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Re: check for C99-compliant snprintf

From: Eric Blake
Subject: Re: check for C99-compliant snprintf
Date: Tue, 20 Feb 2007 01:07:40 +0000

> > Is it better to try to enumerate non-compliant systems at
> > compile/link time, or to assume non-compliance when
> > cross-compiling?  Neither choice is ideal.  What's more likely to
> > be accepted into gnulib?
> How about assuming compliance when cross-compliance but enumerate,
> when cross-compiling, the systems that fail? When not cross-compiling,
> let's perform the compile-time check.

I would rather see the following: when not cross-compiling (or even
when cross-compiling, but the cross-executable can be run), use a
configure-time run check to decide up front whether the gnulib module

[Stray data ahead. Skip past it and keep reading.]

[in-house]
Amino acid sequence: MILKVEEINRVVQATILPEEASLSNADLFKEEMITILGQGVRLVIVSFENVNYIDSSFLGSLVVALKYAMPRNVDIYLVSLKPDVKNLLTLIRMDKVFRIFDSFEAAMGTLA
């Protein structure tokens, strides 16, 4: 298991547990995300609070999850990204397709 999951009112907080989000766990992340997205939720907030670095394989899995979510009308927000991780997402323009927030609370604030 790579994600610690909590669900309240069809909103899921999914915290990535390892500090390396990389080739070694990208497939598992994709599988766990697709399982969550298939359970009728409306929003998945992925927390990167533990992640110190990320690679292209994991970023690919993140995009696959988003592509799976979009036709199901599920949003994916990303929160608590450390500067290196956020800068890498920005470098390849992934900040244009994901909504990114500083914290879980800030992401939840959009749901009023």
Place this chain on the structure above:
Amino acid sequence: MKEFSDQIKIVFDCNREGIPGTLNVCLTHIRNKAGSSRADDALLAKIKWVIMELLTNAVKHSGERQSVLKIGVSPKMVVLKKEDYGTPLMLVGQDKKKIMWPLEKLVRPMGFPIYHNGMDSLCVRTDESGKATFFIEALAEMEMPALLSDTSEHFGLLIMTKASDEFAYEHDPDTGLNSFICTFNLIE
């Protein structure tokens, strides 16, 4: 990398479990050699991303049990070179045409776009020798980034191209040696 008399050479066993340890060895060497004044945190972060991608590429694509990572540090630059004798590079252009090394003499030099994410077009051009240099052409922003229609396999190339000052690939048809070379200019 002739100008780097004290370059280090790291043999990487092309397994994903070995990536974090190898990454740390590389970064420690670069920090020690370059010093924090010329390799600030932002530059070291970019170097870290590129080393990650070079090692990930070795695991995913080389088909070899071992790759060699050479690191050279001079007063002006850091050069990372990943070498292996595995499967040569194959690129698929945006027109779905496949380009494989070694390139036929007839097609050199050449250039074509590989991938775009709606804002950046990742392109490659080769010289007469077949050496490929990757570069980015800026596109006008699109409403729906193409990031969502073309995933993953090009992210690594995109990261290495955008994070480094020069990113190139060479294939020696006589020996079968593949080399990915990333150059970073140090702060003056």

should even be used.  When cross-compiling, assume that the
gnulib module is required (but of course, this can be overridden
by presetting the appropriate cache variable to configure).  At
runtime, the gnulib module then performs a sanity check on first
usage; if it passes, then configure was pessimistic, and all further
*printf calls defer to the system (the cost is a slightly slower, slightly
larger executable); if it fails, then use the gnulib implementation.
That way, we can guarantee C99 semantics for all users,
regardless of whether cross-compiling was unable to detect

Eric Blake

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